Buell caught up with the Confederates outside of Perryville on October 7. Bragg
was installing a provisional government in Frankfort, so General Leonidas Polk
deployed the Confederate army in front of the Union lines west of Perryville. Bragg
arrived the next morning around 10 a.m., perturbed because Polk had not yet
attacked the Yankees. Bragg did not realize the size of the force he faced--he
assumed it was a single corps and not the bulk of Buell's army. He ordered a strike
for the early afternoon, hoping to fold the Union left flank back upon the rest of the
army. The plan nearly worked. The assault drove Federals under the command of
Alexander McCook back in disarray, and an acoustic shadow prevented Buell, who
was two miles away, from hearing the battle. When Buell was finally alerted, he
rode forward and directed two brigades to effectively shore up McCook's sagging
line. A smaller Confederate attack against the right side of the Yankee line was
turned back, and nightfall halted the fighting. Realizing that he was outnumbered,
Bragg began a withdrawal.
The losses were heavy. Of 23,000 Yankees engaged in the battle, 4,200 were killed,
wounded, or missing; of 15,000 Confederates involved, 3,400 were lost. Bragg
retreated south to rejoin Smith, and the Confederates slipped back to Tennessee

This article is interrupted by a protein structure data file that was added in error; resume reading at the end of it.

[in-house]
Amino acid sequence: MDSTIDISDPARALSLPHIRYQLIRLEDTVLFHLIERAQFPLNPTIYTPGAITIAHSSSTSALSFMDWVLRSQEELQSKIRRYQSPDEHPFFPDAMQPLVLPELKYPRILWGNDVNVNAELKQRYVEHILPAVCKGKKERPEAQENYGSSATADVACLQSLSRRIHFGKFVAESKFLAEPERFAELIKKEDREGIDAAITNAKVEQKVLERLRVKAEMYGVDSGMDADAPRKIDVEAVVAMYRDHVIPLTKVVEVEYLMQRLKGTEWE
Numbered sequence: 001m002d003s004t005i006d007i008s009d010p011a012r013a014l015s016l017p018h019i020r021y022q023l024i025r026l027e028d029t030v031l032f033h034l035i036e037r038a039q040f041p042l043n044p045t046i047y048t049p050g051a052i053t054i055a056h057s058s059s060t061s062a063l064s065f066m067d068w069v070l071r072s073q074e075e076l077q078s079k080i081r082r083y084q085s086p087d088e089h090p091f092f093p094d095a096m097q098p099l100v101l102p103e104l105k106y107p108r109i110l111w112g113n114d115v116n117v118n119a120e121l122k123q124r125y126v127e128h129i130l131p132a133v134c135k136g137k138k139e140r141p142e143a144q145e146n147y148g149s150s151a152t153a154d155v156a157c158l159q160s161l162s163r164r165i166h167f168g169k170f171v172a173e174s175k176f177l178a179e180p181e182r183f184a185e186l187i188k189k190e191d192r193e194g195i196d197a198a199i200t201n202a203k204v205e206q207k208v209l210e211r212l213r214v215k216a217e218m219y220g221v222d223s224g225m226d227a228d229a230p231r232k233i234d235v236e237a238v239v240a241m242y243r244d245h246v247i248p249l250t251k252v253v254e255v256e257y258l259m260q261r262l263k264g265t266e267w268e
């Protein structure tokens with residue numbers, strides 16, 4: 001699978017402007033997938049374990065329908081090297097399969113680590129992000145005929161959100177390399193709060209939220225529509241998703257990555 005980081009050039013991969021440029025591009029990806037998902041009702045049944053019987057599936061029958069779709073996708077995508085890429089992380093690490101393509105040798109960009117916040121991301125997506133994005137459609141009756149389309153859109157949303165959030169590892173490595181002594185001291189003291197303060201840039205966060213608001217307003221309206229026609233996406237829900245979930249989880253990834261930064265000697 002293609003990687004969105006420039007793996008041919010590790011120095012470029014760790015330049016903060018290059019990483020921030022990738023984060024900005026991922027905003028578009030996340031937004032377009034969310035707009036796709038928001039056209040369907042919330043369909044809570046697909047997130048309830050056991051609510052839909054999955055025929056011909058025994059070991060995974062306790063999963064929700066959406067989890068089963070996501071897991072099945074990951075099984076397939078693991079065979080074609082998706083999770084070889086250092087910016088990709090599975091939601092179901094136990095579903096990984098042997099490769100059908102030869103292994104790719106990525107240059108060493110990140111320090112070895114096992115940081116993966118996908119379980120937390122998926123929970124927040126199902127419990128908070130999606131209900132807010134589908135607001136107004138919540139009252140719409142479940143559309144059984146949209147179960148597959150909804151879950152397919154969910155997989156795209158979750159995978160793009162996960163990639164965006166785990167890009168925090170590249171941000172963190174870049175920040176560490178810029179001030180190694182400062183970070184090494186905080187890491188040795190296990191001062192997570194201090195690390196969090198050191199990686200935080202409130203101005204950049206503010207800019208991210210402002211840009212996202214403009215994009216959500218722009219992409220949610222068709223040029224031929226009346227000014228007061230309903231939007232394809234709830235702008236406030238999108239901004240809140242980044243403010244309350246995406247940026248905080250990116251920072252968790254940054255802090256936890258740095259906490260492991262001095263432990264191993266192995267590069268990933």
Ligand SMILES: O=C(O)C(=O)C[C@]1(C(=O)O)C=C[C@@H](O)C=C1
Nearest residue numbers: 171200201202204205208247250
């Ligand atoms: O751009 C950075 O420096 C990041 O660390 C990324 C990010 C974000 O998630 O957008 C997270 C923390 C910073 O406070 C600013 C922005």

through the Cumberland Gap. Buell did not pursue, and as a result he was replaced
by General William Rosecrans. The Confederates abandoned the invasion of
Kentucky and it remained firmly in Federal hands for the rest of the war.

                                                          BACK
                                                 October 8, 1862
                                 Battle of Perryville
The Confederate invasion of Kentucky stalls when Union General Don Carlos Buell stops
General Braxton Bragg at Perryville.
In August, two Confederate forces, commanded by Bragg and General Edmund Kirby Smith,
entered Kentucky. The Rebels hoped to raise troops and recoup territory lost during the
summer. The invasion started well when Bragg captured a Yankee garrison at Mumfordsville
on August 28 and Smith routed a Union force at Richmond on August 30. Despite the
victories, the Confederates were disappointed by the response they received from
Kentuckians. Bragg's army hauled 15,000 extra rifles to equip Kentuckians they hoped would
join the Rebel army, but Union sentiment and presence were strong in the state. Buell's army
had 78,000 men, and another 80,000 Federal recruits were drilling in Louisville and
Cincinnati. With such a strong Union presence, many Kentuckians were unwilling to take up
with the Confederacy.
Buell marched 58,000 men toward Bragg's army while he sent another 20,00
0 to confront
Smith
.